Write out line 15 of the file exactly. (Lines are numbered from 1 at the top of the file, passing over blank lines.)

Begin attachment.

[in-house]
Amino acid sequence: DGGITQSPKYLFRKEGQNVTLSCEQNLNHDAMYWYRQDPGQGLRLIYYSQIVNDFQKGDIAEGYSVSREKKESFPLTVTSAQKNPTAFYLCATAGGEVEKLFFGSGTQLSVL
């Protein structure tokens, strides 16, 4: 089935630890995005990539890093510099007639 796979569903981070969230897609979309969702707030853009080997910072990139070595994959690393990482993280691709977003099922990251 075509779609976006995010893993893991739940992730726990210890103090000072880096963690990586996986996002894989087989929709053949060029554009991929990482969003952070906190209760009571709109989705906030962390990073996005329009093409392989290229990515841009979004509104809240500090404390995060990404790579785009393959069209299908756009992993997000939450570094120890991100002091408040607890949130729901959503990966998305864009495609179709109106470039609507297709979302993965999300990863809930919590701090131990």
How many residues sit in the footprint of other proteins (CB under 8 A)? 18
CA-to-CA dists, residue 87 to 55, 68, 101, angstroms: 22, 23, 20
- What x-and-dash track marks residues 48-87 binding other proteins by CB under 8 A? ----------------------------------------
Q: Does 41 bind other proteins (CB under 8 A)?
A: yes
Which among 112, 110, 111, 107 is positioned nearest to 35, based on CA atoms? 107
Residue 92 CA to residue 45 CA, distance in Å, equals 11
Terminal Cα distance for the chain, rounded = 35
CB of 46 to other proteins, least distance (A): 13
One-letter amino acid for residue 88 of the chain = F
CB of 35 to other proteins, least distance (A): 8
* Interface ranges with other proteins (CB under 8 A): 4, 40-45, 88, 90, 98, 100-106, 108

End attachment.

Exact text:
* Interface ranges with other proteins (CB under 8 A): 4, 40-45, 88, 90, 98, 100-106, 108